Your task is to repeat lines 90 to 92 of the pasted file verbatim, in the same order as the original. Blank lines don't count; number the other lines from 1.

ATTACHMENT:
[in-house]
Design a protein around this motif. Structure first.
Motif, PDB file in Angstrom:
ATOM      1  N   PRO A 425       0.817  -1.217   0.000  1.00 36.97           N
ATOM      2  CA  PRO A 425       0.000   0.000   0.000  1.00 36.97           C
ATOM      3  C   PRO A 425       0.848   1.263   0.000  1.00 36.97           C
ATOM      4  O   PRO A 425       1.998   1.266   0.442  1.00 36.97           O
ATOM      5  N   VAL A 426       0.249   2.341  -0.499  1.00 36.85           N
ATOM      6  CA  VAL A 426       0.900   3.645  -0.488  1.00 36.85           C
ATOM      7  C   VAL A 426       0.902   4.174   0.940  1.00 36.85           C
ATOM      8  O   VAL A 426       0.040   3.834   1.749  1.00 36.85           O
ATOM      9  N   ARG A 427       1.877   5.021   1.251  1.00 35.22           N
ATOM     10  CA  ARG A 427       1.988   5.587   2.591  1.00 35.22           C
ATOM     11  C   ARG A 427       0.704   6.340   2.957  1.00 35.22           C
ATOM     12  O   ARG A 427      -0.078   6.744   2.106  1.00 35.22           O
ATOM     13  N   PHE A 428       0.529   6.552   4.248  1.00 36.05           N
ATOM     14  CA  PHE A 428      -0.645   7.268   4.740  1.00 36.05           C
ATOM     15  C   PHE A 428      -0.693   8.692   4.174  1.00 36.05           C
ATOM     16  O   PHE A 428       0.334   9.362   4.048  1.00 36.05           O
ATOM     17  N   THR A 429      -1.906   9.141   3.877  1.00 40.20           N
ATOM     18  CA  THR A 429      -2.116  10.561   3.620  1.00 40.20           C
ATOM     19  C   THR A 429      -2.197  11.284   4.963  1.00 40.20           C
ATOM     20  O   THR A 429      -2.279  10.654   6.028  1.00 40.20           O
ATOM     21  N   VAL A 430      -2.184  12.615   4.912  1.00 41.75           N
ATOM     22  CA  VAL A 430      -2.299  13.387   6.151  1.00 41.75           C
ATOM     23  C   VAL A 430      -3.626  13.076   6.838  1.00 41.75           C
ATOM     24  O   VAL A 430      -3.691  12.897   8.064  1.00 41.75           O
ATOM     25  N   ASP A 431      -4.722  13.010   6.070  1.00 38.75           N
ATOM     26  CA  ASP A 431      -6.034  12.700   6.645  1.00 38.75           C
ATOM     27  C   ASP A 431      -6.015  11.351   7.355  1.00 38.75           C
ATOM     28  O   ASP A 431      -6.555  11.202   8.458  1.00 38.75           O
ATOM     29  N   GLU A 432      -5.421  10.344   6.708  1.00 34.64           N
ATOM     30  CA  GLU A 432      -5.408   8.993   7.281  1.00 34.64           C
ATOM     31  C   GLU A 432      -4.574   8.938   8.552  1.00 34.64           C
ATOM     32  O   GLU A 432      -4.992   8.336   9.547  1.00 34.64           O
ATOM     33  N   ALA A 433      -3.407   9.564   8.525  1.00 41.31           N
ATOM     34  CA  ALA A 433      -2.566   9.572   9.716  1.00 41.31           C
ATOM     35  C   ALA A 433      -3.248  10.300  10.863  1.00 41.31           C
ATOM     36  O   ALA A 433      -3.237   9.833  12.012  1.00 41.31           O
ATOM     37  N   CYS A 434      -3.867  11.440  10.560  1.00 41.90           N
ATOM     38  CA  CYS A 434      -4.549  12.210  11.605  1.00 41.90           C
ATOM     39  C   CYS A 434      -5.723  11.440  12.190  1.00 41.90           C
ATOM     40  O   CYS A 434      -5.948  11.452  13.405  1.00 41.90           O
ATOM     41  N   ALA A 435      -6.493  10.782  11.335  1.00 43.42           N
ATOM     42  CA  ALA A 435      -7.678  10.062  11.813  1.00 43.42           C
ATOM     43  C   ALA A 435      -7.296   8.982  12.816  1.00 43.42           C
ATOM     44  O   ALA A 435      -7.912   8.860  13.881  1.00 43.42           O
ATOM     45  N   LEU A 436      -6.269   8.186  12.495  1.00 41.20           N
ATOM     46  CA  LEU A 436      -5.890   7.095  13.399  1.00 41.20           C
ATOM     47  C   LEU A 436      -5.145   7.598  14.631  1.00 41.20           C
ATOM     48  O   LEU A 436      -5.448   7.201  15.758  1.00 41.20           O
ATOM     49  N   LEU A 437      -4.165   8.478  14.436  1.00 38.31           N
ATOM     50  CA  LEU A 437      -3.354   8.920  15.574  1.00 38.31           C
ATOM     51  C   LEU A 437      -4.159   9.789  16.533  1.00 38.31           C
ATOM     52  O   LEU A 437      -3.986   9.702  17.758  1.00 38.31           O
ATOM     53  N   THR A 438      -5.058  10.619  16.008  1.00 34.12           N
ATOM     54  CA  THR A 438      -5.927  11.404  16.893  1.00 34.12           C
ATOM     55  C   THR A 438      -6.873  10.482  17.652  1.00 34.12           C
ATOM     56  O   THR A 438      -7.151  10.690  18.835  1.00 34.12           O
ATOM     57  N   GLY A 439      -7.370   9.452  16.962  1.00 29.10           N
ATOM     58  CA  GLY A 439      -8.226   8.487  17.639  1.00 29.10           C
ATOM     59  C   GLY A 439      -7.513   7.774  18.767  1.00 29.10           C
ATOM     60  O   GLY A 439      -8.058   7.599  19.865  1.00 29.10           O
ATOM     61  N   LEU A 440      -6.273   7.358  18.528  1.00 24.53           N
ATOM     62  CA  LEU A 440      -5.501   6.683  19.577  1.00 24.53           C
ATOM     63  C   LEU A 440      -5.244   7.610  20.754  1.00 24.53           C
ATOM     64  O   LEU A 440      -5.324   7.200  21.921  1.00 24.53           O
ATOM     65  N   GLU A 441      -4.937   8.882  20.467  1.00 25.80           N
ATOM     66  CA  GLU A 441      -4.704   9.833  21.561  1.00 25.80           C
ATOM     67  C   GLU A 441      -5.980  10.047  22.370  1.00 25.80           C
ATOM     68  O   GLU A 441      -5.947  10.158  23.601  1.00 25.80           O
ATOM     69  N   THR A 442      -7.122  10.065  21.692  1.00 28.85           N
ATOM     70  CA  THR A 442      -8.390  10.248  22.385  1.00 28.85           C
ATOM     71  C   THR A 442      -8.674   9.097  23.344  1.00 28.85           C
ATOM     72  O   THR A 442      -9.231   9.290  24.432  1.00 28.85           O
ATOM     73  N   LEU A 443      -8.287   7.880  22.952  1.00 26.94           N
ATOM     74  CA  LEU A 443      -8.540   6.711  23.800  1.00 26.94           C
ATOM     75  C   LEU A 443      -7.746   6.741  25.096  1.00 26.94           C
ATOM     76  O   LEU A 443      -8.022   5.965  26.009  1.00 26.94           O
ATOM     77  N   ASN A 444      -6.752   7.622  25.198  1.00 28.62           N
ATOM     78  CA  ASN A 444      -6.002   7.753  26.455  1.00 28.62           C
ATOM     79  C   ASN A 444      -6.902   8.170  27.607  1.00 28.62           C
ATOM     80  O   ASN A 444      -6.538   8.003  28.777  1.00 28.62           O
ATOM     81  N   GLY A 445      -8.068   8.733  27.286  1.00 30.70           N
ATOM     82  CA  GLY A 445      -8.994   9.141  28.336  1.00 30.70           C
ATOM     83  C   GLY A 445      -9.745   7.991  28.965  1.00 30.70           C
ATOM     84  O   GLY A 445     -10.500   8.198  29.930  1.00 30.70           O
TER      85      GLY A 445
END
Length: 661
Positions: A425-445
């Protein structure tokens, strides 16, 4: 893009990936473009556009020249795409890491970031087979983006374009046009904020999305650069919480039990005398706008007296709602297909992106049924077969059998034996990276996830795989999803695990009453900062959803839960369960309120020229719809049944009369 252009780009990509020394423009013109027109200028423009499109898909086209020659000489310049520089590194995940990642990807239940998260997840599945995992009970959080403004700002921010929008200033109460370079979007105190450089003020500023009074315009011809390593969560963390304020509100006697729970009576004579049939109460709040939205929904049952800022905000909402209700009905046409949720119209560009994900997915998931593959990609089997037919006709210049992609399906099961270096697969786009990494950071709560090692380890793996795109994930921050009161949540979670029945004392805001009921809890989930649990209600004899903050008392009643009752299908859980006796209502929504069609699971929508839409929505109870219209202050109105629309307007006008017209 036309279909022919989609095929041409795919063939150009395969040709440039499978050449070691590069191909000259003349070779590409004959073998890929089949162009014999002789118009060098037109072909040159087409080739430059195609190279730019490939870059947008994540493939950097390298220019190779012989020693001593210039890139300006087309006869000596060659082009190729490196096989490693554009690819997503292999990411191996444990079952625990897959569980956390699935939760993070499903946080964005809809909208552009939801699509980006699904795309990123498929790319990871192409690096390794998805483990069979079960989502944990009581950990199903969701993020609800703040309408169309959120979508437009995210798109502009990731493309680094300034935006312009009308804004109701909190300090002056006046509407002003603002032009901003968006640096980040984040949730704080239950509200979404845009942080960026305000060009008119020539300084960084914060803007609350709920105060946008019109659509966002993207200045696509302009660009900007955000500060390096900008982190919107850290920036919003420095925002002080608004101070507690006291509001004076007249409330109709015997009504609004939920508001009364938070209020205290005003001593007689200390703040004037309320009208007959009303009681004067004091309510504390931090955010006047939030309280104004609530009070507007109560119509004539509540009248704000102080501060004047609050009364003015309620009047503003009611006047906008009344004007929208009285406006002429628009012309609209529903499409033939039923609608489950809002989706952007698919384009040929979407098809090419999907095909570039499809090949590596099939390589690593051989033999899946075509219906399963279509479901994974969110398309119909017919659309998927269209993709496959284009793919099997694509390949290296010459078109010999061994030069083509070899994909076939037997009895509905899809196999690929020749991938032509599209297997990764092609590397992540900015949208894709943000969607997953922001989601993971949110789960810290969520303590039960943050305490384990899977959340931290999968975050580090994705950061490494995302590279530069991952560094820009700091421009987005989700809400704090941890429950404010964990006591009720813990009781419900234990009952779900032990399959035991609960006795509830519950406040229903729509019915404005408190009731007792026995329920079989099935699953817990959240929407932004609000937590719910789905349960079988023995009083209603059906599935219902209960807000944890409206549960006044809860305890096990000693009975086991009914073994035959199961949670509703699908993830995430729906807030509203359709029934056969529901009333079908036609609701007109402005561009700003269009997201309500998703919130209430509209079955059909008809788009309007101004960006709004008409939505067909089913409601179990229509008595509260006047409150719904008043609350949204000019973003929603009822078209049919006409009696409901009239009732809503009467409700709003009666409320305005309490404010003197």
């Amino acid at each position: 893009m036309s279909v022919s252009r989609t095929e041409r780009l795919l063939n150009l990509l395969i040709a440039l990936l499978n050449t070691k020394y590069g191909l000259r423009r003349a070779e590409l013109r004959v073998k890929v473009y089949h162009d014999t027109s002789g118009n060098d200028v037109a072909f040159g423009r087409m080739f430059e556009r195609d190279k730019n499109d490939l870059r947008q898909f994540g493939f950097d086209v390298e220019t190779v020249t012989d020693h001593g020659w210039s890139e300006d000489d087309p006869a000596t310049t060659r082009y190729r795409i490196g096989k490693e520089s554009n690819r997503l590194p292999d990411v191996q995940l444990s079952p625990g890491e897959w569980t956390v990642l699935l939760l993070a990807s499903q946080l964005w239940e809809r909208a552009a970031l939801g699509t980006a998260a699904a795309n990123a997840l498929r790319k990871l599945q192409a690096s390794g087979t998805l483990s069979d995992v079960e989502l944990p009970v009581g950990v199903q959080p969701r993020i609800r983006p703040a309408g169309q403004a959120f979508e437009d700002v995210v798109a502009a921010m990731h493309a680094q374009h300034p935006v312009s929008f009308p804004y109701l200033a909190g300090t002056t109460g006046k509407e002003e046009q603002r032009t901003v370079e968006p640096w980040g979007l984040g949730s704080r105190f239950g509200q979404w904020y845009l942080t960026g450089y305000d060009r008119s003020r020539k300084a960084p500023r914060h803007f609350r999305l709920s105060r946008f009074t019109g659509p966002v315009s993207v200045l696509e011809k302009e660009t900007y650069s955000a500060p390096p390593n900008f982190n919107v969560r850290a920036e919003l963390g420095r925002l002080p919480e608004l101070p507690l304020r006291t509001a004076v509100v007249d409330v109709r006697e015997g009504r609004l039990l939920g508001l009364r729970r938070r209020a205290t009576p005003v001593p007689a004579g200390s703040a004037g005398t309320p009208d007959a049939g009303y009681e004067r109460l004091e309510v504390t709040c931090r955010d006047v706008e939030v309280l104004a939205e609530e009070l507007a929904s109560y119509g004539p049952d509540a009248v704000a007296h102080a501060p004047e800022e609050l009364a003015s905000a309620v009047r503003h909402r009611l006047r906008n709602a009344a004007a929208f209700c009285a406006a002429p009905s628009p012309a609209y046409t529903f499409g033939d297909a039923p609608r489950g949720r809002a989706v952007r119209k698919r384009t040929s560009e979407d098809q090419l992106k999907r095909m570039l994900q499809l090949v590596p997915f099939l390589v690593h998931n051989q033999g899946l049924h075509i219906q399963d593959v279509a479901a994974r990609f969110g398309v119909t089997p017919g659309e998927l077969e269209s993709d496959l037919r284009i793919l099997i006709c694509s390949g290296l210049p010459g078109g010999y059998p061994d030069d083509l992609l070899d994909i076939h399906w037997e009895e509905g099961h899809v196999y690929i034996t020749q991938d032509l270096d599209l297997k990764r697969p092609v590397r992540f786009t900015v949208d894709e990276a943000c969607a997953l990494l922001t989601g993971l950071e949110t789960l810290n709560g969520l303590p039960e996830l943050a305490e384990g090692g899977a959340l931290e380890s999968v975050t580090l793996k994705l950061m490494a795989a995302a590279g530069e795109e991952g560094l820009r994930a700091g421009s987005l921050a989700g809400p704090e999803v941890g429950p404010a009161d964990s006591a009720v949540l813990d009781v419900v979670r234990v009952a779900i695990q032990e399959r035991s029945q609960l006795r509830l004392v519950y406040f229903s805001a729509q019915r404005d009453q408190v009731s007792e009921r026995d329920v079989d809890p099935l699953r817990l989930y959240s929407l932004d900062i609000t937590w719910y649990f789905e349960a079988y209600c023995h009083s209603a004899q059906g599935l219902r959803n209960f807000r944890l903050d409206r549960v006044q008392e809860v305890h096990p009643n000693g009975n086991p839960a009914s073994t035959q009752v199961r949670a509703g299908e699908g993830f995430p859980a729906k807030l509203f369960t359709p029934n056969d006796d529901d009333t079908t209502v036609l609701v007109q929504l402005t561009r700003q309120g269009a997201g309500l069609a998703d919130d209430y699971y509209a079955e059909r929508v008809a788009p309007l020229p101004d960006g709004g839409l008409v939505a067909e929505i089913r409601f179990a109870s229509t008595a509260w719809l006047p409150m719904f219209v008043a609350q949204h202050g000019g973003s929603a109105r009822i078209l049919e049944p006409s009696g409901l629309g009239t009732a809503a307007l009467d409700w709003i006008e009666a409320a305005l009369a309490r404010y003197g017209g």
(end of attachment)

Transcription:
Length: 661
Positions: A425-445
């Protein structure tokens, strides 16, 4: 893009990936473009556009020249795409890491970031087979983006374009046009904020999305650069919480039990005398706008007296709602297909992106049924077969059998034996990276996830795989999803695990009453900062959803839960369960309120020229719809049944009369 252009780009990509020394423009013109027109200028423009499109898909086209020659000489310049520089590194995940990642990807239940998260997840599945995992009970959080403004700002921010929008200033109460370079979007105190450089003020500023009074315009011809390593969560963390304020509100006697729970009576004579049939109460709040939205929904049952800022905000909402209700009905046409949720119209560009994900997915998931593959990609089997037919006709210049992609399906099961270096697969786009990494950071709560090692380890793996795109994930921050009161949540979670029945004392805001009921809890989930649990209600004899903050008392009643009752299908859980006796209502929504069609699971929508839409929505109870219209202050109105629309307007006008017209 036309279909022919989609095929041409795919063939150009395969040709440039499978050449070691590069191909000259003349070779590409004959073998890929089949162009014999002789118009060098037109072909040159087409080739430059195609190279730019490939870059947008994540493939950097390298220019190779012989020693001593210039890139300006087309006869000596060659082009190729490196096989490693554009690819997503292999990411191996444990079952625990897959569980956390699935939760993070499903946080964005809809909208552009939801699509980006699904795309990123498929790319990871192409690096390794998805483990069979079960989502944990009581950990199903969701993020609800703040309408169309959120979508437009995210798109502009990731493309680094300034935006312009009308804004109701909190300090002056006046509407002003603002032009901003968006640096980040984040949730704080239950509200979404845009942080960026305000060009008119020539300084960084914060803007609350709920105060946008019109659509966002993207200045696509302009660009900007955000500060390096900008982190919107850290920036919003420095925002002080608004101070507690006291509001004076007249409330109709015997009504609004939920508001009364938070209020205290005003001593007689200390703040004037309320009208007959009303009681004067004091309510504390931090955010006047939030309280104004609530009070507007109560119509004539509540009248704000102080501060004047609050009364003015309620009047503003009611006047906008009344004007929208009285406006002429628009012309609209529903499409033939039923609608489950809002989706952007698919384009040929979407098809090419999907095909570039499809090949590596099939390589690593051989033999899946075509219906399963279509479901994974969110398309119909017919659309998927269209993709496959284009793919099997694509390949290296010459078109010999061994030069083509070899994909076939037997009895509905899809196999690929020749991938032509599209297997990764092609590397992540900015949208894709943000969607997953922001989601993971949110789960810290969520303590039960943050305490384990899977959340931290999968975050580090994705950061490494995302590279530069991952560094820009700091421009987005989700809400704090941890429950404010964990006591009720813990009781419900234990009952779900032990399959035991609960006795509830519950406040229903729509019915404005408190009731007792026995329920079989099935699953817990959240929407932004609000937590719910789905349960079988023995009083209603059906599935219902209960807000944890409206549960006044809860305890096990000693009975086991009914073994035959199961949670509703699908993830995430729906807030509203359709029934056969529901009333079908036609609701007109402005561009700003269009997201309500998703919130209430509209079955059909008809788009309007101004960006709004008409939505067909089913409601179990229509008595509260006047409150719904008043609350949204000019973003929603009822078209049919006409009696409901009239009732809503009467409700709003009666409320305005309490404010003197």